High anion gap metabolic acidosis
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|High anion gap metabolic acidosis|
|Classification and external resources|
The list of agents that cause high anion gap metabolic acidosis is similar to but broader than the list of agents that cause a serum osmolal gap.
High Anion Gap Metabolic acidosis is caused generally by the body producing too much acid or not producing enough carbonate. This is often an increase in lactic acid or ketoacids, or a sign of renal failure, and more rarely may be caused by ingesting methanol or overdosing on aspirin. 
- U-Uremia (chronic renal failure)
- D-Diabetic ketoacidosis
- P-Propylene glycol ("P" used to stand for Paraldehyde but this substance is not commonly used today)
- I-Infection, Iron, Isoniazid, Inborn errors of metabolism
- L-Lactic acidosis
- E-Ethylene glycol (Note: Ethanol is sometimes included in this mnemonic as well, although the acidosis caused by ethanol is actually primarily due to the increased production of lactic acid found in such intoxication.)
Another frequently used mnemonic is KARMEL.
Another frequently used mnemonic is KUPIN.
- K-Ketoacidosis (DKA, AKA)
- P-Production (Lactic acidosis)
- I-Ingestion (Ethylene glycol, methanol)
- N- Need to Remember Drugs (ASA, Metformin)
Perhaps the easiest mnemonic is KULT: ketones, uremia, lactate [because these are the most common causes of a HAGMA] and toxins [ so we don't forget ]. The mnemonic for the [rare, in comparison] toxins is ACE GIFTs: Aspirin, Cyanide, Ethanolic ketosis, Glycols [ ethylene and propylene ], Isoniazid, Ferrous iron, Toulene.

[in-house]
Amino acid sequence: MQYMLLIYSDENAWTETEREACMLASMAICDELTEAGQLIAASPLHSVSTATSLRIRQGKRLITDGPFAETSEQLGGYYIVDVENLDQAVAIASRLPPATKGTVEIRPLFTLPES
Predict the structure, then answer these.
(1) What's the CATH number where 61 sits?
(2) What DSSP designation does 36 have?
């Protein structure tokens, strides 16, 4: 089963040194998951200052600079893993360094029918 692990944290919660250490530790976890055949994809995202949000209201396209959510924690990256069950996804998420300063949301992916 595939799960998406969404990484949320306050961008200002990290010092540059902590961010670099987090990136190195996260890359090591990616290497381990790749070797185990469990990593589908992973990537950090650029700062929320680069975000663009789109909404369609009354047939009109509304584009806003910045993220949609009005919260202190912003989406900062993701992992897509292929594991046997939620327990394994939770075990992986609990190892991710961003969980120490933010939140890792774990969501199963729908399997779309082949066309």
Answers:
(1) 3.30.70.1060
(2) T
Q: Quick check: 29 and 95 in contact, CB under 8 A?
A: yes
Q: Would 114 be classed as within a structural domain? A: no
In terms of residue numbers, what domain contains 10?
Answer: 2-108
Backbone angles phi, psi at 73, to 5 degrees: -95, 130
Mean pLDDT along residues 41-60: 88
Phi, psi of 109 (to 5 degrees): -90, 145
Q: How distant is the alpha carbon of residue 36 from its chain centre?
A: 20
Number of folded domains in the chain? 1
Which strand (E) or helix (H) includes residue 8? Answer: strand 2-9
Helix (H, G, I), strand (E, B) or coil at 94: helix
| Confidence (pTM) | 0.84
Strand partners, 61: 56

- "Anion Gap (Blood)". University of Rochester Medical Center. Retrieved 2014-02-18.
- Sabatini, S; Kurtzman, NA (2009). "Bicarbonate Therapy in Severe Metabolic Acidosis". Journal of the American Society of Nephrology 20 (4): 692–695.
- Mnemonic medicalmnemonics.com 1203 3255
- Anion Gap: Acid Base Tutorial, University of Connecticut Health Center
- Reid, Hugh. "Dr". unpublished. Retrieved 28 November 2013.
- Chang CT, Chen YC, Fang JT, Huang CC (September 2002). "High anion gap metabolic acidosis in suicide: don't forget metformin intoxication--two patients' experiences". Ren Fail 24 (5): 671–5. doi:10.1081/JDI-120013973. PMID 12380915.
- "Metabolic Acidosis: Acid-Base Regulation and Disorders: Merck Manual Professional". Retrieved 2008-12-04.
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